[00:53:25] Yeah I mean it's really interesting this is published under the teen label of Simon and Schuster which I just think is really cool. I mean that we have a book that's geared toward teen by you know co-written with a teen about sexual assault and survivor's rights and she sort of spells out on the back of the book like a survivor is a bill of rights that you know I have a right to use my voice when I'm ready to be happy and sad without being judged and to be heard and to stand with other survivors so I think that she's trying to spell out some solutions and advocate for people like her and not just tell her story.
[00:53:57] Yeah and worth noting that Jessie proud we'll be talking with NHP Rick Ganley about the book next week on The Today Show Chessy Prout reflected on her role in the ongoing investigation into sexual assault at St. Paul's School.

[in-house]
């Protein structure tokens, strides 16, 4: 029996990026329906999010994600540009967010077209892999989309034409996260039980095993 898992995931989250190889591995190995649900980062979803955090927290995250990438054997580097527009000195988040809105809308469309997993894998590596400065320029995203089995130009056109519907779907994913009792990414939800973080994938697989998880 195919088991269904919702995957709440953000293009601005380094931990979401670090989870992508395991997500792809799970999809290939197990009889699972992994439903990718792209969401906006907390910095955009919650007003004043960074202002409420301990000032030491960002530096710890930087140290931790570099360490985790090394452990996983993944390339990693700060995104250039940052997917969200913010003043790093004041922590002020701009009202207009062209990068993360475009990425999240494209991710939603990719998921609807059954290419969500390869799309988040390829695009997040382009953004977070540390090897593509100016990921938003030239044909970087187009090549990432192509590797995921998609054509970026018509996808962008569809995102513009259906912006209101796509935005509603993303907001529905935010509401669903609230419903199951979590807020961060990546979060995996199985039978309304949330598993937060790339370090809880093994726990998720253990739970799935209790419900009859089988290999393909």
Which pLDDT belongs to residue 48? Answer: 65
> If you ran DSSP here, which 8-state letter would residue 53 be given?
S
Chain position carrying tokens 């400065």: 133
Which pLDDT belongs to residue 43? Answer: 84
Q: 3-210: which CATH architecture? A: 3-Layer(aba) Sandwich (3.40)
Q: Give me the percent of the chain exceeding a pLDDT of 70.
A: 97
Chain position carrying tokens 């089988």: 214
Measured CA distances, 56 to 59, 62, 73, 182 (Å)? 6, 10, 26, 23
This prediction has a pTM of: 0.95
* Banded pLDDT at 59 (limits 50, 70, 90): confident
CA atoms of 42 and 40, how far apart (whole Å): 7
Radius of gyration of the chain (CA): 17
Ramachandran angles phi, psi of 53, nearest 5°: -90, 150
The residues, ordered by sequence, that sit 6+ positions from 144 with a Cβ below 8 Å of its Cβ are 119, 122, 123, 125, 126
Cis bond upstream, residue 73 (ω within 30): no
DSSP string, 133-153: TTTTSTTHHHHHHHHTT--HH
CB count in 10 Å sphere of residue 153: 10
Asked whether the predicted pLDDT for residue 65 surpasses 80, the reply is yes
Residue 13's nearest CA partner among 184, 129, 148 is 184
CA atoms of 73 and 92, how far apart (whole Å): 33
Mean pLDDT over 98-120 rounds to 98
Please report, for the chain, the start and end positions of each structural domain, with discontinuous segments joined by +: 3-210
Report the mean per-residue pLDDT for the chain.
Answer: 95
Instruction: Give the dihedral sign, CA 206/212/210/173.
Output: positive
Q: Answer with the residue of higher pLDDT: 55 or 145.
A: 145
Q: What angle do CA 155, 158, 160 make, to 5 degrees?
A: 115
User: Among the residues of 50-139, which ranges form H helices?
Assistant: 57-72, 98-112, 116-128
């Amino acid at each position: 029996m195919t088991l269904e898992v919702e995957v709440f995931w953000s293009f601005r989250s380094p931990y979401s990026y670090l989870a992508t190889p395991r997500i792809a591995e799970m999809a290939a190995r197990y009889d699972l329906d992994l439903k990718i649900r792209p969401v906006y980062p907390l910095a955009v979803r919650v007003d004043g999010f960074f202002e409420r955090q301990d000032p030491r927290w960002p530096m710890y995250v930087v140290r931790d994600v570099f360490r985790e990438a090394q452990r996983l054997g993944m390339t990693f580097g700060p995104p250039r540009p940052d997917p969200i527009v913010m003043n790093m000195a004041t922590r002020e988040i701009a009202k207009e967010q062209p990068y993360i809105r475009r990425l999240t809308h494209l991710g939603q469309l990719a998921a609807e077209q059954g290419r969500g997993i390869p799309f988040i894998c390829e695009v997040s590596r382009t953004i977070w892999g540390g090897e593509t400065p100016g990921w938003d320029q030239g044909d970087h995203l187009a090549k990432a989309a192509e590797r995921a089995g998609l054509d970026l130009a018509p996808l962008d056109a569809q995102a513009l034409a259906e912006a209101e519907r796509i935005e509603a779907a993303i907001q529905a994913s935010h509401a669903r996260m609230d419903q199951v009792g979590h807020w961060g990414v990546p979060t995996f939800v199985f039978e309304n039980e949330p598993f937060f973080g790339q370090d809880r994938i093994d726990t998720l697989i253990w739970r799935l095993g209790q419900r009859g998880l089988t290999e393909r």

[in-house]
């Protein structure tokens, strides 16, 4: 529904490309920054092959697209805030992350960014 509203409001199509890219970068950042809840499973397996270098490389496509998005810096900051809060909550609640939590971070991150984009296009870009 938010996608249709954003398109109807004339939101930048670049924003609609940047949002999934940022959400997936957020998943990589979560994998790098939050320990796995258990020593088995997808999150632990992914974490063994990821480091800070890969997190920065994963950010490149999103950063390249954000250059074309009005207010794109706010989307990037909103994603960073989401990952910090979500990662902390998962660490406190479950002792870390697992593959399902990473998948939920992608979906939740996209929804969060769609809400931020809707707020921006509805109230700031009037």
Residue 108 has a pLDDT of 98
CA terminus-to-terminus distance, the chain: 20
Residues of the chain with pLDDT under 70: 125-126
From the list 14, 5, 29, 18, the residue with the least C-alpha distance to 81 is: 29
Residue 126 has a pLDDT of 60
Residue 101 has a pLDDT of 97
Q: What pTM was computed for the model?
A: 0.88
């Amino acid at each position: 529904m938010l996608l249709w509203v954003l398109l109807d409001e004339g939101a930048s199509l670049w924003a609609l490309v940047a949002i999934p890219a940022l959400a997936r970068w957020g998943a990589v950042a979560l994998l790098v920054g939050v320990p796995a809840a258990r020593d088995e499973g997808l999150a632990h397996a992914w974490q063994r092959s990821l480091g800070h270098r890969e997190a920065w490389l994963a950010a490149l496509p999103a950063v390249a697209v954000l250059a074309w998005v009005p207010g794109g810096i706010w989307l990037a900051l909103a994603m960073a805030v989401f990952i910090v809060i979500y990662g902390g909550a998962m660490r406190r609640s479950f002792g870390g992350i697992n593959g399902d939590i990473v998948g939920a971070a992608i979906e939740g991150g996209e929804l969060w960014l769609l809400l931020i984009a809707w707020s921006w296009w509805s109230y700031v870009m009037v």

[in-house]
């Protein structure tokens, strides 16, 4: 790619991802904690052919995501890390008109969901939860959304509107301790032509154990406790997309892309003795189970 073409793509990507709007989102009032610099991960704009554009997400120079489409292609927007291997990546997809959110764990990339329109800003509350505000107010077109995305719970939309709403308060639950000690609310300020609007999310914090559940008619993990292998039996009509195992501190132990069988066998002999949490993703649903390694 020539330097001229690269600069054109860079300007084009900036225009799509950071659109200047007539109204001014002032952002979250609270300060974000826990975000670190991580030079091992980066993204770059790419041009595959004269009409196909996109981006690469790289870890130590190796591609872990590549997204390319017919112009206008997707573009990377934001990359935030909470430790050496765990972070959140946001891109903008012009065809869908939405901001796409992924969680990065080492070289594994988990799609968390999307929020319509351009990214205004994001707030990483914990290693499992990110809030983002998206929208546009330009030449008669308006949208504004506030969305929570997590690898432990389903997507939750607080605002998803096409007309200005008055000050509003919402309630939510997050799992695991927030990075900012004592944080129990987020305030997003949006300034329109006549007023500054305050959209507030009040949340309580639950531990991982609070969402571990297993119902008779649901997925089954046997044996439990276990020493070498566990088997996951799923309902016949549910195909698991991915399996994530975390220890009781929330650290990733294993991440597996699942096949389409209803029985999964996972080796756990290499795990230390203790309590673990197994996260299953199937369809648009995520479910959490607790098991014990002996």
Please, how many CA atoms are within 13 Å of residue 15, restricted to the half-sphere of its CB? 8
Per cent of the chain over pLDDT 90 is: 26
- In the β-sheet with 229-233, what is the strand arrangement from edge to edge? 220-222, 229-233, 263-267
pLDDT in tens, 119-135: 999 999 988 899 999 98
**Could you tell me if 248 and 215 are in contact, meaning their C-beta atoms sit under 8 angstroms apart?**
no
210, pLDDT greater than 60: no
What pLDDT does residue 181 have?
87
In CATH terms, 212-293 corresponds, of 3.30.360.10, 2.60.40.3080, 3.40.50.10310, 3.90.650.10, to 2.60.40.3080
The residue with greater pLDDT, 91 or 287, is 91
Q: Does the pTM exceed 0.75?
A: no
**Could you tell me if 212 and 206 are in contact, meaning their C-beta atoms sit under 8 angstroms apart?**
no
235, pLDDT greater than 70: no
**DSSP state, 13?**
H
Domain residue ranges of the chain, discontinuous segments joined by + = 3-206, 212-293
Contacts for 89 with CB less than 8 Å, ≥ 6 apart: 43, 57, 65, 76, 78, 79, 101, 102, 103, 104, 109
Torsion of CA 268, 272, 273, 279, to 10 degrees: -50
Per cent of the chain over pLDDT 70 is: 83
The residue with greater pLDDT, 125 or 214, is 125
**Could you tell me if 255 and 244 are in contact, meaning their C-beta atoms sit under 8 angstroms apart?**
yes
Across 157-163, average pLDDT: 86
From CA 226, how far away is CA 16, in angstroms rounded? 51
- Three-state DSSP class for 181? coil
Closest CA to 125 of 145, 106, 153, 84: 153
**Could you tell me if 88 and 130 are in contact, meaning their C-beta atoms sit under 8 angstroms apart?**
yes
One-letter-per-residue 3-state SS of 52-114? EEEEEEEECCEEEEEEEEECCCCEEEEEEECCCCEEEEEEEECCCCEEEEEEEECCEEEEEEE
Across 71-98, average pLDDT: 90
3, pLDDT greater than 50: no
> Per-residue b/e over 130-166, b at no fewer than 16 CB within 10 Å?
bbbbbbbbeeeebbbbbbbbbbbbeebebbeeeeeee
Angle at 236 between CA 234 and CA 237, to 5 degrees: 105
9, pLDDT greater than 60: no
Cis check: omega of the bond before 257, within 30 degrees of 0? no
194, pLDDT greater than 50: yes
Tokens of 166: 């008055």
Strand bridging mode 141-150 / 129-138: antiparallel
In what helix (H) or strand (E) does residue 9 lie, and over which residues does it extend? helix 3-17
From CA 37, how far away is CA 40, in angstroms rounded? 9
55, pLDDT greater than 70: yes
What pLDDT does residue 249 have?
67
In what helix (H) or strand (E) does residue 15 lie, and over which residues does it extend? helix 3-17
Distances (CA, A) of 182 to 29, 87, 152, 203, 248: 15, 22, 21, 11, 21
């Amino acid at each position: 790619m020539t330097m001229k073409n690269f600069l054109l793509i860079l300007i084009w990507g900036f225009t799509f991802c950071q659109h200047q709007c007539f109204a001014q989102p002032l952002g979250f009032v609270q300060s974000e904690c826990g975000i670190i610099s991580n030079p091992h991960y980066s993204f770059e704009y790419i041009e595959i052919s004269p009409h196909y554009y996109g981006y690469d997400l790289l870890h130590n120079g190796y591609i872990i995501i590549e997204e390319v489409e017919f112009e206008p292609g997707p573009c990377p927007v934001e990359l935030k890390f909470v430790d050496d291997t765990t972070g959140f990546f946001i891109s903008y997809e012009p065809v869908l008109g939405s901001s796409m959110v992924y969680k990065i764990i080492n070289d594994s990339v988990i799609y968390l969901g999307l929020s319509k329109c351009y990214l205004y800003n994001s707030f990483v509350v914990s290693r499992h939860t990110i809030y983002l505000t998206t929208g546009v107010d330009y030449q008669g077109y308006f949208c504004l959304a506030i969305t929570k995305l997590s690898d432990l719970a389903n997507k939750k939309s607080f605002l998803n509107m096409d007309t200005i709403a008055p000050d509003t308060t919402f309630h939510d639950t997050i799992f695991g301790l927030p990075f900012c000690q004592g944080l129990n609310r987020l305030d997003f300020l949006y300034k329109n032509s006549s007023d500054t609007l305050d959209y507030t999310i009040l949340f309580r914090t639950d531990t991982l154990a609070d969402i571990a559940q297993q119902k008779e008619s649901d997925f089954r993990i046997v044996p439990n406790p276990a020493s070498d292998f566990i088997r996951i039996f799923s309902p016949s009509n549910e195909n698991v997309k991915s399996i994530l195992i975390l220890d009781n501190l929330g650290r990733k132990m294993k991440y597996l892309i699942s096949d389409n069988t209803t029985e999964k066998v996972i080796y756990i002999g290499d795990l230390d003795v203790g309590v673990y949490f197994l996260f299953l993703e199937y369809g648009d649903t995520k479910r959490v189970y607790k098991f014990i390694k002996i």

[00:54:10] It shouldn't be on a now 19 year old's shoulders to take on a 162 year old institution a sort of old boys network. And so I'm grateful for the attorney general of New Hampshire for continuing his investigation into the misconduct of St. Paul's School because there's a lot to be told their own Labrie the perpetrator was convicted of misdemeanor sexual assault and child endangerment.
[00:54:33] He's been asking for a new trial that's apparently going to be going all the way to the state Supreme Court. St. Paul School For its part has said that it doesn't support or foster an environment where something like this would happen there are folks who would disagree with that but that's what the school has said. So this will be interesting and interesting to any that you point out that that was for teens the book is marketed to teens.